No foul play in Funari case Tasmania News
Coroner Chris Webster found Ms Funari had “probably died at an unknown location in bushland or in the waters surrounding Bruny Island on or about March 3″.
Ms Funari sister, Nicole, flew to Tasmania from the US to join the s hermes uk earch.
Her parents, Phyllis and David Funari, thanked Tasmanians for trying to find their daughter, speaking of a sense of “immense emotional support” they felt as they waited for news at their home in New York State.
“Police conducted extensive inquiries on Bruny Island, including contacting all known places of accommodation on the island, and obtaining d hermes uk etails of visitors staying on the island at the time of Ms Funari disappearance,” Mr Webster found.
“Over the following week, an extensive land, sea and air search of the area was conducted by police, utilising State Emergency Service volunteer search teams, marine police and divers and the NSW Police Cadaver Dog Unit.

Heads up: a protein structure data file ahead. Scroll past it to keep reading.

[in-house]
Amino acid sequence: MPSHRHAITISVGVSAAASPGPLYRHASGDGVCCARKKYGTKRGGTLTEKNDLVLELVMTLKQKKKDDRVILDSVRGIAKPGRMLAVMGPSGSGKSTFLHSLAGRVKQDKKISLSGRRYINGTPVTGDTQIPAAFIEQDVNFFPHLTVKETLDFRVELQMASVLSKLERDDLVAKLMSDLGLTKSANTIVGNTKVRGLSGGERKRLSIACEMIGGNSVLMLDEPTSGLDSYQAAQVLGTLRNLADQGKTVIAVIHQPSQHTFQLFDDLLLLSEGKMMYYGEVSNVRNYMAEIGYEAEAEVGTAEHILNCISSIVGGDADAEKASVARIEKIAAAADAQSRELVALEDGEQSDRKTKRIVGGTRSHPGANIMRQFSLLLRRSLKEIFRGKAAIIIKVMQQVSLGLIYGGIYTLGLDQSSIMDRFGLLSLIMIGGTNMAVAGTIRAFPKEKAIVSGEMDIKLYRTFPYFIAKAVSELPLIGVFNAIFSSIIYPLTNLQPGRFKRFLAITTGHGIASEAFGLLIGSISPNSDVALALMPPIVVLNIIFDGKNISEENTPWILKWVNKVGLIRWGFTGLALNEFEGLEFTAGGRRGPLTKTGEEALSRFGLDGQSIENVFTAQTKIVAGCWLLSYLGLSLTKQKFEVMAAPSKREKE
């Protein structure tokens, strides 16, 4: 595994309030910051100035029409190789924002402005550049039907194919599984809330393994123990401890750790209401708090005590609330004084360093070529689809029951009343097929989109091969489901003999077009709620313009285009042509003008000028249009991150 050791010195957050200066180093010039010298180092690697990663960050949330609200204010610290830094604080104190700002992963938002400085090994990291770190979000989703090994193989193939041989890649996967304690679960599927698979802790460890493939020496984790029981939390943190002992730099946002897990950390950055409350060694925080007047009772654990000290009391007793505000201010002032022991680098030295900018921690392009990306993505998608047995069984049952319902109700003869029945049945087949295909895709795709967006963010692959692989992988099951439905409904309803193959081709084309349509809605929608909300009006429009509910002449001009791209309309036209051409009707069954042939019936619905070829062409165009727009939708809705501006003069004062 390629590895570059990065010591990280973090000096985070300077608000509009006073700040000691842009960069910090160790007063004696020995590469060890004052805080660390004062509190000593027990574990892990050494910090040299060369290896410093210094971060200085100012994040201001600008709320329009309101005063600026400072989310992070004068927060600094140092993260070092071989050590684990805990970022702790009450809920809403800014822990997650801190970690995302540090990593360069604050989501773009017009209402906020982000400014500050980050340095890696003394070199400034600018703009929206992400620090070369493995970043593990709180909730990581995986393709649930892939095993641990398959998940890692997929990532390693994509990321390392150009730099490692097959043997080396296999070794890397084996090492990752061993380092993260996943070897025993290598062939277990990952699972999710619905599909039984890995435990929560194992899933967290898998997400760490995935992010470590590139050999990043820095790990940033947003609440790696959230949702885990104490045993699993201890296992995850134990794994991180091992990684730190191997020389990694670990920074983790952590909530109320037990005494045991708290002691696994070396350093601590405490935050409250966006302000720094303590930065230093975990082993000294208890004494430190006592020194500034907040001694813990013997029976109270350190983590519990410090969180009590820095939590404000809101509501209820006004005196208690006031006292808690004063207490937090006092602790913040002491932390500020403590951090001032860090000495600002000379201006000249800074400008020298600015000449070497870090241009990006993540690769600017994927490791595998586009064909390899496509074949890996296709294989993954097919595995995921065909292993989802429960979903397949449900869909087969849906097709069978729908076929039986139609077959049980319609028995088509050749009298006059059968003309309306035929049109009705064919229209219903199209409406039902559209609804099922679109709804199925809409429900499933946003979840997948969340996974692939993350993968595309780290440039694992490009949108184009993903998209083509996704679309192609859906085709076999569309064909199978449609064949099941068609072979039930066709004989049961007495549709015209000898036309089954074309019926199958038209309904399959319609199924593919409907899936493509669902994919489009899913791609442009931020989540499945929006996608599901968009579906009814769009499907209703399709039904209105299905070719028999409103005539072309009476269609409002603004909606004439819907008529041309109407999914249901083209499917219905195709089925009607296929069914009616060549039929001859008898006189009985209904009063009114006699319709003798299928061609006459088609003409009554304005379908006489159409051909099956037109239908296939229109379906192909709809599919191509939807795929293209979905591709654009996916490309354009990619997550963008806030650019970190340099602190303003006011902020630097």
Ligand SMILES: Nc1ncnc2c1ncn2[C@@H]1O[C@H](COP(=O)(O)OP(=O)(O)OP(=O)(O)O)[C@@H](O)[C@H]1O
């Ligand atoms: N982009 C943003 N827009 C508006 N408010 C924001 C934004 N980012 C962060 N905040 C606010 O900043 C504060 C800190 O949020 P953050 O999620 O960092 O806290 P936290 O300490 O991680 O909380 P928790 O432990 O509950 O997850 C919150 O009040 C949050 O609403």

“A team of professional climbers were used to search the inaccessible cliffs in the surrounding area. They found nothing.”
Ms Funari moved to Australia from the United States in 2001 and was working in the Victorian Department of Premier and Cabinet at the time of he hermes uk r disappearance.
She met Gordon Young, the last person known to have seen her alive, at a cafe in Hobart on March 2 and told him she planned to visit Bruny Island.
Mr Young told her he was travelling to the island the next day with his 13 year old daughter and o hermes uk ffered her a ride. She accepted and during the journey they discussed her intention to camp on the island. It was raining heavily and Mr Young offered her the use of his shack “for as long as she needed”.